0
$\begingroup$

About a function $f$, of domain $\mathbb{R}$, it is known that it is odd and that $\lim_{x \rightarrow \infty} [f(x)+x-1]= 0$. Let $g$ be the restriction of $f$ to $\mathbb{R}^-$. Which of the following lines is the asymptote of the graph of function $g$?

A) $y = x-1$

B)$y = x+1$

C)$y = -x-1$

D)$y = -x+1$

I did:

$$\lim_{x \rightarrow \infty} [f(x)+x-1]= 0 \Leftrightarrow \lim_{x \rightarrow \infty} [f(x)-(-x+1)]= 0 \Leftrightarrow \lim_{x \rightarrow \infty} [f(x)]= -x +1$$

So one of the asymptotes of $f$ is $-x+1$. Now, because the function is odd, this excludes options A) and B).

But what do I do next? My book says the solution is C), but I don't understand why. Shouldn't it be D)?

Can someone explain this to me?

$\endgroup$
1
$\begingroup$

The last step in your derivation reads $\lim f(x) = - x + 1$; this is incorrect, and of course what you mean is that $f(x) \sim (1-x)$ for $x \uparrow +\infty$. (The symbol $\sim$ reads "is asymptotic to".)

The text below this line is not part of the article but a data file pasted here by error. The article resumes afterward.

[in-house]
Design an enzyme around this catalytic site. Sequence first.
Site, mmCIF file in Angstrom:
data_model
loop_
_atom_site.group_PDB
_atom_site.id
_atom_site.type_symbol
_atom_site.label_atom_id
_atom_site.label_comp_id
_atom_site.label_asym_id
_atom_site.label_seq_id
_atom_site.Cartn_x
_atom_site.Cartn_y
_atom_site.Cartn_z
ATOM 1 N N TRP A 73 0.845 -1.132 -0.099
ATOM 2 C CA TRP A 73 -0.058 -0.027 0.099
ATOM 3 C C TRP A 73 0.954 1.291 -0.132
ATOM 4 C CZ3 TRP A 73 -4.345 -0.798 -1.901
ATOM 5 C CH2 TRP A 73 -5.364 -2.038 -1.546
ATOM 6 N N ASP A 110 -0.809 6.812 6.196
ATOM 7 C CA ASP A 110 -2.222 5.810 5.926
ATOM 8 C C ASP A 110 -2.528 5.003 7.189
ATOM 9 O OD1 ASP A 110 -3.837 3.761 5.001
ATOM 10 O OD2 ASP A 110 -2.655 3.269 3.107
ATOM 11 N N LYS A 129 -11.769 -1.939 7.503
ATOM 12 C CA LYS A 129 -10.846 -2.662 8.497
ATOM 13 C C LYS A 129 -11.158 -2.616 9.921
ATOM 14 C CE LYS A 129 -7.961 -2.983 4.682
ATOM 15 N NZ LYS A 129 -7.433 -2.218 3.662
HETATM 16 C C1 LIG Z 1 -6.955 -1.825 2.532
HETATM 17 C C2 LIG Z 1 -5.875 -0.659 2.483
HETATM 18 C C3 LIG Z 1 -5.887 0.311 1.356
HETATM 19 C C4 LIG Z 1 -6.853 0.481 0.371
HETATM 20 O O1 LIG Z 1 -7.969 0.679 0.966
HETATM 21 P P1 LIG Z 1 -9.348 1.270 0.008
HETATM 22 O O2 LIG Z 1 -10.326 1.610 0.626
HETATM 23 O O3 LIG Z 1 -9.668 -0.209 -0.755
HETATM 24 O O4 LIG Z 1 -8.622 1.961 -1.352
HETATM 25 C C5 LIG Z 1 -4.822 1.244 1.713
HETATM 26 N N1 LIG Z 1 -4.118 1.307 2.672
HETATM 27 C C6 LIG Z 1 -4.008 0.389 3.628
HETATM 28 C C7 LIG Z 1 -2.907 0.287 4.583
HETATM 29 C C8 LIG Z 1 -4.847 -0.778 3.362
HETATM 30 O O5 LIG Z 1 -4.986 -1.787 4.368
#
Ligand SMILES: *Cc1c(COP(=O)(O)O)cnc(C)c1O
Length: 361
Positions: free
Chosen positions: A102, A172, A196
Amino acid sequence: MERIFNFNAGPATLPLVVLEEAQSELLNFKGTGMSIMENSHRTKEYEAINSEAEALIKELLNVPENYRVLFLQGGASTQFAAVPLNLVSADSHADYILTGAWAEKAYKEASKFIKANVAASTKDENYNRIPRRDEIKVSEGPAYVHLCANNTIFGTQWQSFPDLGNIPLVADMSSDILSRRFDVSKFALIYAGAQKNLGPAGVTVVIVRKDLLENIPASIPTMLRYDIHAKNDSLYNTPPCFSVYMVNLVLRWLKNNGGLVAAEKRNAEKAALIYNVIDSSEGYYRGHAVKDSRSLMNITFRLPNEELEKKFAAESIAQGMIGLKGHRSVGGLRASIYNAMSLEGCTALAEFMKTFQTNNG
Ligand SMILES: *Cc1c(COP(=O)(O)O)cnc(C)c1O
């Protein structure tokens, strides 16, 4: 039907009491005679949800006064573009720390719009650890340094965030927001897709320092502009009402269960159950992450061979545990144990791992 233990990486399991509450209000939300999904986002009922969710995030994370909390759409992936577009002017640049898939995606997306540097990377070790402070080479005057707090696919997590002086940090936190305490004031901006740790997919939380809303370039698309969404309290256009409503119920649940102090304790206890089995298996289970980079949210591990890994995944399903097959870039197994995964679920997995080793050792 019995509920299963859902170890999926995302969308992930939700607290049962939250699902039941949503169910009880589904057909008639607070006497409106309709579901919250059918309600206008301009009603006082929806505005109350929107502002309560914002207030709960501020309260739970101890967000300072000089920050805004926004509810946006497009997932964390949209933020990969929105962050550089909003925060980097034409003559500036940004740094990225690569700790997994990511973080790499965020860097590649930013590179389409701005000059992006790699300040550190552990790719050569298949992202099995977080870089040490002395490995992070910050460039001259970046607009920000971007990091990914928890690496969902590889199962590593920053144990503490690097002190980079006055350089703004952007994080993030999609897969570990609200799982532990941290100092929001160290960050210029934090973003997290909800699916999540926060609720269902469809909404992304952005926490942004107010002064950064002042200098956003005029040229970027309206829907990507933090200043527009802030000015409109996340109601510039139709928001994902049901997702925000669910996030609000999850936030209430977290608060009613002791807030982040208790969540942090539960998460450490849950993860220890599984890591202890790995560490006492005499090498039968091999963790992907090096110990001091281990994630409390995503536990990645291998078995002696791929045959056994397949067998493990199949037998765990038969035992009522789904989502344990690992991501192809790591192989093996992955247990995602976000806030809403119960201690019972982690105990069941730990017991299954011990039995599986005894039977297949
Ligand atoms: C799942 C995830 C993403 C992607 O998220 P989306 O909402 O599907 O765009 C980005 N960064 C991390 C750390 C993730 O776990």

Now, recall that $f(x)$ is odd if $f(x) = - f(-x)$ for all $x$. Then $f(x) \sim (1-x)$ for $x \uparrow +\infty$ turns into $-f(-x) \sim (1-x)$ for $x \uparrow +\infty$. Replacing $t=-x$, this becomes $-f(t) \sim (1+t)$ for $t \downarrow -\infty$ or, equivalently, $f(t) \sim -(1+t)$ for $t \downarrow -\infty$. So C is correct.

$\endgroup$

Your Answer

By clicking “Post Your Answer”, you agree to our terms of service, privacy policy and cookie policy

Not the answer you're looking for? Browse other questions tagged or ask your own question.